Quite a few. Putting our fingers up to the other record companies when we were signed by Andrew Lauder to UA, because they’d all turned us down. Then fingers up again when they (EMI) had written us off and we came up with Golden Brown, that was a redeeming moment. Then resurrecting The Stranglers with Norfolk Coast and since, which has been amazing. Playing Glastonbury and getting a better audience than U2 who were headlining and we weren’t. And being named as the second most important band to come out of this country by Pete Waterman…and being able to tell journalists that we’d had more hits than The Beatles!

Mark 4, Suite XVI era 2006

And any really low points?

Yeah, Hugh leaving. When he left, I was broke for two years because all the money was caught up in legal things. I didn’t know where my next meal was coming from and I had two kids to support. I even had to sell my motorcycles because I couldn’t touch my money. I had to negotiate a mortgage holiday with my bank. That was pretty low. All the money was in dispute. There was lots of money but it was all frozen by accountants. There was no animosity towards Hugh as he was I the same boat. Suddenly there was no money coming in…

When we were preparing About Time and the band rounded on me. I just walked out of the band because Ellis was doing my fucking head in. That was pretty low. Nice prison wasn’t a low point because it didn’t affect me mentally too much, it was just a fucking bummer. There have been quite a few low points…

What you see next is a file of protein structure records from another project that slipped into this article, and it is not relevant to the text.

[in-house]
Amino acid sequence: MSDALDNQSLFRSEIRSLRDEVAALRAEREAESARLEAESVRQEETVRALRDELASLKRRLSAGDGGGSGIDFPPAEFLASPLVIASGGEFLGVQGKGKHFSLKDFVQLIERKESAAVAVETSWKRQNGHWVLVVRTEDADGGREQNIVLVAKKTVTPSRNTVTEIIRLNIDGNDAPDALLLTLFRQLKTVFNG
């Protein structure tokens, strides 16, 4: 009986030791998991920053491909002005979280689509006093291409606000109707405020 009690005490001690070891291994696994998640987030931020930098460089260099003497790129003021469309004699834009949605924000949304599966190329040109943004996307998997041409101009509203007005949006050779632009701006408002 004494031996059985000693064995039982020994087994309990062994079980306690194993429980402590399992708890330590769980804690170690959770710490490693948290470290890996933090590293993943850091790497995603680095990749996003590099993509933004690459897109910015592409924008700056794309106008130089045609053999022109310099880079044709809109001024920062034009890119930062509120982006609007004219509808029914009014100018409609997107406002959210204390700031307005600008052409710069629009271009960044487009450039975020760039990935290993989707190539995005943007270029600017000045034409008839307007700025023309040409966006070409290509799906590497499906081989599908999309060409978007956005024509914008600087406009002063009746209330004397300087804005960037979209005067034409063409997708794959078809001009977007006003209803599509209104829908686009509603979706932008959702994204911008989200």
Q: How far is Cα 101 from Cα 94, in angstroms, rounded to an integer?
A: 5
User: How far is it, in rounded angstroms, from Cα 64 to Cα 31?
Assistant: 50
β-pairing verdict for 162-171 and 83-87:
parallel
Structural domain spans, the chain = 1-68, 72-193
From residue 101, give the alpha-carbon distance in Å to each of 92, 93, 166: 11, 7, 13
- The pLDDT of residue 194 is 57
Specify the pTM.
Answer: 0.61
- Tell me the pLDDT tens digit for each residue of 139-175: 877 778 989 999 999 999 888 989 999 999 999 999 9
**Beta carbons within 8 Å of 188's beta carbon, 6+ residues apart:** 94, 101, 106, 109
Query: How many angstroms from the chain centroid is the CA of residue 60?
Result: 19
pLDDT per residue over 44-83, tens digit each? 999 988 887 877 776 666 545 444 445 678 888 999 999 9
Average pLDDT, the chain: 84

And do you have any unfulfilled ambitions for the band?

Oh yeah…I want to produce an album which is universally revered, which we haven’t done yet, so that will be the next one then!

What does the future hold for The Stranglers?

No idea, and that’s the great thing about The Stranglers that we have never made any long term, commercial decisions. We want to keep on playing for as long as we can, well I certainly do and I know Dave & Baz do too. Jet would like to still be part of it as much as he can physically, but it’s getting harder and harder for him. But he’s there so he’s still an influence although his input is physically lesser than it was but I suspect it will decrease as the years go on. So, while we’re fit and healthy, I think that the world needs The Stranglers, especially in the times we live in, I think we need The Stranglers probably more than ever…

Thanks to JJ for his enlightening and honest answers, especially on some of the more controversial or probing questions.

JJ at V festival 2014